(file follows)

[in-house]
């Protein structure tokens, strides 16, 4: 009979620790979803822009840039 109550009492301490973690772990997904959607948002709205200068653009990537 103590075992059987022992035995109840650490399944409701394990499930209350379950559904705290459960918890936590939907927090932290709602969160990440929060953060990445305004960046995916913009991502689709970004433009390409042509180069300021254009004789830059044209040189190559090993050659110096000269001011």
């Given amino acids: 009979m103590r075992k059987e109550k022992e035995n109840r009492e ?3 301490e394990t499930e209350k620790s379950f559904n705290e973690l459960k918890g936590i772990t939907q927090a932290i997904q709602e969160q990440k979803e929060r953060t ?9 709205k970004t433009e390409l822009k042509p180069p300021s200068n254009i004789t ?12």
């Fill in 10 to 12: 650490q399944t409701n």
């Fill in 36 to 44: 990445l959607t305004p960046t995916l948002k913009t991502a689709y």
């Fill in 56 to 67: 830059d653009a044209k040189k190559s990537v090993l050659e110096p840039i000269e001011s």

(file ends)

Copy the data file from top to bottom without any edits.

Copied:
[in-house]
């Protein structure tokens, strides 16, 4: 009979620790979803822009840039 109550009492301490973690772990997904959607948002709205200068653009990537 103590075992059987022992035995109840650490399944409701394990499930209350379950559904705290459960918890936590939907927090932290709602969160990440929060953060990445305004960046995916913009991502689709970004433009390409042509180069300021254009004789830059044209040189190559090993050659110096000269001011």
């Given amino acids: 009979m103590r075992k059987e109550k022992e035995n109840r009492e ?3 301490e394990t499930e209350k620790s379950f559904n705290e973690l459960k918890g936590i772990t939907q927090a932290i997904q709602e969160q990440k979803e929060r953060t ?9 709205k970004t433009e390409l822009k042509p180069p300021s200068n254009i004789t ?12």
């Fill in 10 to 12: 650490q399944t409701n």
């Fill in 36 to 44: 990445l959607t305004p960046t995916l948002k913009t991502a689709y």
């Fill in 56 to 67: 830059d653009a044209k040189k190559s990537v090993l050659e110096p840039i000269e001011s």